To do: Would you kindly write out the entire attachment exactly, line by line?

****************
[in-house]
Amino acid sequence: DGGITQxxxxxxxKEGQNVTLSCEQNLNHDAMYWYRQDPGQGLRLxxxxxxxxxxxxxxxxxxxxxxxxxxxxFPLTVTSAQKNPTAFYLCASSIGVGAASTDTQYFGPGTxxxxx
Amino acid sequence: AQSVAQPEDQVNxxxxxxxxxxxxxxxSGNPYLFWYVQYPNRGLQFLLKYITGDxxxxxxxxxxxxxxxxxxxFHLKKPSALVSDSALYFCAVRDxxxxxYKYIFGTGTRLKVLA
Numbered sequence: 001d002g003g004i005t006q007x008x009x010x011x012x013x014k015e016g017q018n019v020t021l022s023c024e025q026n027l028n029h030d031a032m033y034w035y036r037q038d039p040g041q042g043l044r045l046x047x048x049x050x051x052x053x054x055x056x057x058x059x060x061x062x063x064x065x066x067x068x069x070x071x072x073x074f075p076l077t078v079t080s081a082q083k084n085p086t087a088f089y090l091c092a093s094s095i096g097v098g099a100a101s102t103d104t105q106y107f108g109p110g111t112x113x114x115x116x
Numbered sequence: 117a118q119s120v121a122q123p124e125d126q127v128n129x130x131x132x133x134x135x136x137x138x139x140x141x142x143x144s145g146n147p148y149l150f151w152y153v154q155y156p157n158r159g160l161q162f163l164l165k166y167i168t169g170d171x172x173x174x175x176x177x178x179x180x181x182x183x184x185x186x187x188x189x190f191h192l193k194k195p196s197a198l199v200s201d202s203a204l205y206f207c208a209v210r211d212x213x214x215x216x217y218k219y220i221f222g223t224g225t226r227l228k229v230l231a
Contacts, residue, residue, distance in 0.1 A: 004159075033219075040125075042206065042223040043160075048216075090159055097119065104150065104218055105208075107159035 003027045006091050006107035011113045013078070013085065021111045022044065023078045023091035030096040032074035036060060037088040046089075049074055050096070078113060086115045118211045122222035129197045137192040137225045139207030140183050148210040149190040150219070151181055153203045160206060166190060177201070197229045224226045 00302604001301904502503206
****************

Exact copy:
[in-house]
Amino acid sequence: DGGITQxxxxxxxKEGQNVTLSCEQNLNHDAMYWYRQDPGQGLRLxxxxxxxxxxxxxxxxxxxxxxxxxxxxFPLTVTSAQKNPTAFYLCASSIGVGAASTDTQYFGPGTxxxxx
Amino acid sequence: AQSVAQPEDQVNxxxxxxxxxxxxxxxSGNPYLFWYVQYPNRGLQFLLKYITGDxxxxxxxxxxxxxxxxxxxFHLKKPSALVSDSALYFCAVRDxxxxxYKYIFGTGTRLKVLA
Numbered sequence: 001d002g003g004i005t006q007x008x009x010x011x012x013x014k015e016g017q018n019v020t021l022s023c024e025q026n027l028n029h030d031a032m033y034w035y036r037q038d039p040g041q042g043l044r045l046x047x048x049x050x051x052x053x054x055x056x057x058x059x060x061x062x063x064x065x066x067x068x069x070x071x072x073x074f075p076l077t078v079t080s081a082q083k084n085p086t087a088f089y090l091c092a093s094s095i096g097v098g099a100a101s102t103d104t105q106y107f108g109p110g111t112x113x114x115x116x
Numbered sequence: 117a118q119s120v121a122q123p124e125d126q127v128n129x130x131x132x133x134x135x136x137x138x139x140x141x142x143x144s145g146n147p148y149l150f151w152y153v154q155y156p157n158r159g160l161q162f163l164l165k166y167i168t169g170d171x172x173x174x175x176x177x178x179x180x181x182x183x184x185x186x187x188x189x190f191h192l193k194k195p196s197a198l199v200s201d202s203a204l205y206f207c208a209v210r211d212x213x214x215x216x217y218k219y220i221f222g223t224g225t226r227l228k229v230l231a
Contacts, residue, residue, distance in 0.1 A: 004159075033219075040125075042206065042223040043160075048216075090159055097119065104150065104218055105208075107159035 003027045006091050006107035011113045013078070013085065021111045022044065023078045023091035030096040032074035036060060037088040046089075049074055050096070078113060086115045118211045122222035129197045137192040137225045139207030140183050148210040149190040150219070151181055153203045160206060166190060177201070197229045224226045 00302604001301904502503206